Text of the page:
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Banner: National Library of Canada 1953 - 2003

The National Library of Canada:
Celebrating 50 Years of Heritage and Service to the People of Canada

Peter F. McNally

The National Library of Canada houses the world’s largest and most important collection of Canadian publications: books, newspapers, magazines, and recordings in paper, microfilm, audio, video and electronic formats. The Library also provides library and information services for the entire Canadian nation directly and in partnership with other libraries. The heritage and service accomplishments of the National Library during its first 50 years can be attributed to the support of the Parliament and people of Canada and the dedication and leadership of its staff.

National libraries first appeared in medieval Europe. By 1800, there were 20 in various countries, including Britain, France and the United States. Following Confederation, in 1867, Canada’s national library functions were assigned to the Library of Parliament, but its primary focus continued to be Members and staff of the House of Commons and Senate. Although Prime Minister Sir John A. Macdonald said, in 1883, "Canada really ought to have a national library," it wasn’t until after World War II (1939-1945) that Prime Minister Mackenzie King committed the federal government to clarifying the national library issue.

In 1948, Dr. W. Kaye Lamb, an historian and Chief Librarian of the University of British Columbia, agreed to become head of the Public Archives of Canada on condition that he be permitted to establish a national library. As a first step, in 1950 he began the Canadian Bibliographic Centre as a quasi-national library, but without status and authority. In 1951, the Massey/Lévesque Royal Commission on Arts, Letters and Sciences, acting on the strong recommendation of librarians, scholars, and members of the public, advised the Government of Canada to establish a national library. In June 1952, the necessary legislation was passed by Parliament.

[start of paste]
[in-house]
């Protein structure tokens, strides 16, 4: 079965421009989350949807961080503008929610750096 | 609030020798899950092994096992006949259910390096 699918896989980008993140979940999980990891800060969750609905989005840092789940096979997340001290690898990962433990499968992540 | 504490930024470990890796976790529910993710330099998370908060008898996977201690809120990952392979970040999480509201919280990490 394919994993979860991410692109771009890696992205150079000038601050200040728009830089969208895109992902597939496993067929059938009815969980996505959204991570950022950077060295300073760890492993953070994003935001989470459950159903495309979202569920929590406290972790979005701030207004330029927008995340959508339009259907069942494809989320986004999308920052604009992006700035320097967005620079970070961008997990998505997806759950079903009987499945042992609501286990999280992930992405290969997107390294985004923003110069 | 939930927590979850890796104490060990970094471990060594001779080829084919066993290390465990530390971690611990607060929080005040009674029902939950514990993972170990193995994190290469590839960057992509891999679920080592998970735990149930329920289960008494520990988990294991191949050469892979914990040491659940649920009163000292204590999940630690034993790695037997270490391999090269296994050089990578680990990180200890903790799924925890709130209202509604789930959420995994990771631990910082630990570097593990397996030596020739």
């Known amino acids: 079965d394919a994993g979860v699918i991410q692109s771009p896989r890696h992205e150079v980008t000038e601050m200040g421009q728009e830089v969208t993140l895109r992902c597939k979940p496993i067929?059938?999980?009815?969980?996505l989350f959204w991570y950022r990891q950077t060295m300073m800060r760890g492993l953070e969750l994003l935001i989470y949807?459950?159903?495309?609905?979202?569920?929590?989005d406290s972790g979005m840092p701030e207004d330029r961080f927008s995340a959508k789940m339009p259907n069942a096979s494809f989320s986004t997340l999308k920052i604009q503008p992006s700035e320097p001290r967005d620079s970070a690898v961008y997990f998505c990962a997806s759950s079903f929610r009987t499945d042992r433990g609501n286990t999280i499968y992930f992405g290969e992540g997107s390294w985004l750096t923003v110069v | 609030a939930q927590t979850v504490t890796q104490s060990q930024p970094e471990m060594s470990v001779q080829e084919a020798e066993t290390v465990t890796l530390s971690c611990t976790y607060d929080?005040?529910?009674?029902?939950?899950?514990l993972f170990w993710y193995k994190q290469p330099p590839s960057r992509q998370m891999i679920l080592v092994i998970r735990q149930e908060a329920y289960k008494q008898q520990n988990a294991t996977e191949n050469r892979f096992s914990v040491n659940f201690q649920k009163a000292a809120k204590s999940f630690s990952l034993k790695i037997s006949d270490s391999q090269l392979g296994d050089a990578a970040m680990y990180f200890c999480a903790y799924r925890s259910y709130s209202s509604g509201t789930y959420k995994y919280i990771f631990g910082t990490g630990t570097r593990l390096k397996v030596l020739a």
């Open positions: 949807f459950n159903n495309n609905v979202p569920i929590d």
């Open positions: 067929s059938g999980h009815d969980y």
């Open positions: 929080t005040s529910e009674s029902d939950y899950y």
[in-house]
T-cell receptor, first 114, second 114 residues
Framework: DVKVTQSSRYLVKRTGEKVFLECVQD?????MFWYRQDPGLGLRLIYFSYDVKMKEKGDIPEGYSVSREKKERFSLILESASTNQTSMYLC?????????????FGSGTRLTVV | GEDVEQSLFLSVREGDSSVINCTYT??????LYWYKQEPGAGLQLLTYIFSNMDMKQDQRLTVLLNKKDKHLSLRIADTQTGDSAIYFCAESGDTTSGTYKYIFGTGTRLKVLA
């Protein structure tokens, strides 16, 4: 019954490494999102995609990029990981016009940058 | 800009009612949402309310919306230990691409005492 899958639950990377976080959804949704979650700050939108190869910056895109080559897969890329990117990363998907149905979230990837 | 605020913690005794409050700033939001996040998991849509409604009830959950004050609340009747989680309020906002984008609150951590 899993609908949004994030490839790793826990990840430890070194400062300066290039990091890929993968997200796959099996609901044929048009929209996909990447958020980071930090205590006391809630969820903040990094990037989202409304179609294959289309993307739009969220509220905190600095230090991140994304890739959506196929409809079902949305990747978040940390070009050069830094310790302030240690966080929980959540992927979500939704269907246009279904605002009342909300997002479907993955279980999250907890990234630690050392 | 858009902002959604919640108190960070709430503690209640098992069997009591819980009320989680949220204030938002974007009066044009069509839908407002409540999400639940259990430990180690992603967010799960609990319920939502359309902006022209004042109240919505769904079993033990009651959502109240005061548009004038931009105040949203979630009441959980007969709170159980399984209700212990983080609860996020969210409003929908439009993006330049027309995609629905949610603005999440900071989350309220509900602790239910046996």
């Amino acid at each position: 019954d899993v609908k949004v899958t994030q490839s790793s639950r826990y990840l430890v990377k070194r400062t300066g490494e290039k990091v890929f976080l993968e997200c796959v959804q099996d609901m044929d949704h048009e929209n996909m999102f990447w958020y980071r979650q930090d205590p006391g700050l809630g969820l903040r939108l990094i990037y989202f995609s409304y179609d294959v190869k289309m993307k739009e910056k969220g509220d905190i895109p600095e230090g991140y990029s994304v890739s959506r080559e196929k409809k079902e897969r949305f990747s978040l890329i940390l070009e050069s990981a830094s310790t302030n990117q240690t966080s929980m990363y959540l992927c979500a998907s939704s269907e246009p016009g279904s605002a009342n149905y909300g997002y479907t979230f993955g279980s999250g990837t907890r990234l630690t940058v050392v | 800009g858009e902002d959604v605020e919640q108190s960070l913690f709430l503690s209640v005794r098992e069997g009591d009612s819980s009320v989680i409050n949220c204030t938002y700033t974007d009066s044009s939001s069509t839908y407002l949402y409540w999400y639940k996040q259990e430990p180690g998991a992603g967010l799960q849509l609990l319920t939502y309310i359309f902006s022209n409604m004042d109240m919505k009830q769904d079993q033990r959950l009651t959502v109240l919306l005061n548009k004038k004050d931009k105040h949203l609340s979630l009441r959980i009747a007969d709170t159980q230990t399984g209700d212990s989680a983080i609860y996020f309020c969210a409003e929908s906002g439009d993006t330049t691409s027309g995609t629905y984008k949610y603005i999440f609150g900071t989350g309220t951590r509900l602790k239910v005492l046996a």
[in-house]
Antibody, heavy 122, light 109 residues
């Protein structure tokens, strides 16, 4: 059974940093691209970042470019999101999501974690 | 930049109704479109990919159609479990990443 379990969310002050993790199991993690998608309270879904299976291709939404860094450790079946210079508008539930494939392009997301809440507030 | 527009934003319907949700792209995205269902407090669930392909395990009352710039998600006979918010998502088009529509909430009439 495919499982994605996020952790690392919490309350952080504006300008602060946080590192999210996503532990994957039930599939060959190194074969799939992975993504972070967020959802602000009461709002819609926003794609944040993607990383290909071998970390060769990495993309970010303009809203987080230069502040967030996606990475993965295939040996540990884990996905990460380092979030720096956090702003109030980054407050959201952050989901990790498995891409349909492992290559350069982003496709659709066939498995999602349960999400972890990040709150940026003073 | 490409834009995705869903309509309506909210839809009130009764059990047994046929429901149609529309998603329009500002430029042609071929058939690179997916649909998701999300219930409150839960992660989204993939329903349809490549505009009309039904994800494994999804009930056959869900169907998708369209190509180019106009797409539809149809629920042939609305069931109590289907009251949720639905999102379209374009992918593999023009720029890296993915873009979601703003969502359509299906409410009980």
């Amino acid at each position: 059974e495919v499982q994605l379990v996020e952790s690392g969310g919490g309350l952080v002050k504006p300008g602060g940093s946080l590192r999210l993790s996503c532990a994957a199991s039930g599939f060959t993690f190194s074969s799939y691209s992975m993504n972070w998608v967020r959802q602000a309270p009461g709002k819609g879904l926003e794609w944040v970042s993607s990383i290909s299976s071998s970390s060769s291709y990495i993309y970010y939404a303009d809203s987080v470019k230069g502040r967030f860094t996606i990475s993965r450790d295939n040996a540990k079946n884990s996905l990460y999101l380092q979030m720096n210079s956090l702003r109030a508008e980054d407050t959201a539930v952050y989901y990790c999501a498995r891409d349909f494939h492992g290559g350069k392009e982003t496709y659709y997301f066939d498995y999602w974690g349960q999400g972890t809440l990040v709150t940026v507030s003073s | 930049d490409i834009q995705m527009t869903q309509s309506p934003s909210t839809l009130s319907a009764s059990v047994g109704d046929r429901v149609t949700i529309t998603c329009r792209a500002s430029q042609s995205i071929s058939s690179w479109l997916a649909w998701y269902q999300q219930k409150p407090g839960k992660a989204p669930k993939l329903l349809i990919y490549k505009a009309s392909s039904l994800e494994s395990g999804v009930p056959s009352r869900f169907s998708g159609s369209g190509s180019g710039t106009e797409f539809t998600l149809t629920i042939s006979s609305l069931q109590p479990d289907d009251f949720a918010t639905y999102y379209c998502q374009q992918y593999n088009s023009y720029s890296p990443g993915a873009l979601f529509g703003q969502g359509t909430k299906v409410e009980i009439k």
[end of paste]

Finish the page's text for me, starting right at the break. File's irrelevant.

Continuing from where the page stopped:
On January 1, 1953, the National Library of Canada came into being under the administration of Dr. Lamb, who assumed the title of national librarian while continuing as dominion archivist. Dr. Lamb concentrated upon services that would address the country’s information needs, with a project to create a union catalogue consisting of millions of records from hundreds of libraries across the country. Once merged into a single file, these combined records  -  and millions more subsequently acquired  -  assist libraries and individuals in locating and borrowing books from institutions across the country. Another project was to produce a definitive annual listing of all the books published in Canada. Canadiana, as it is called, has served as Canada’s official national bibliography since 1950. Services and publications have been offered in English and French since the Library was founded.

The Library also began implementing the legal depository provisions of the National Library Act, whereby publishers are required to provide  -  at their own expense  -  copies of every title published or printed in Canada. In addition, 300 000 volumes were transferred from the Library of Parliament, and many other volumes were acquired from a wide range of individuals and institutions.

The administration of the Library and Archives was highly integrated, with the two institutions being housed together in temporary locations across Ottawa. Coinciding with the centenary of Confederation in 1967, however, they began sharing a new building, designed for the National Library, on Wellington Street close by Parliament Hill.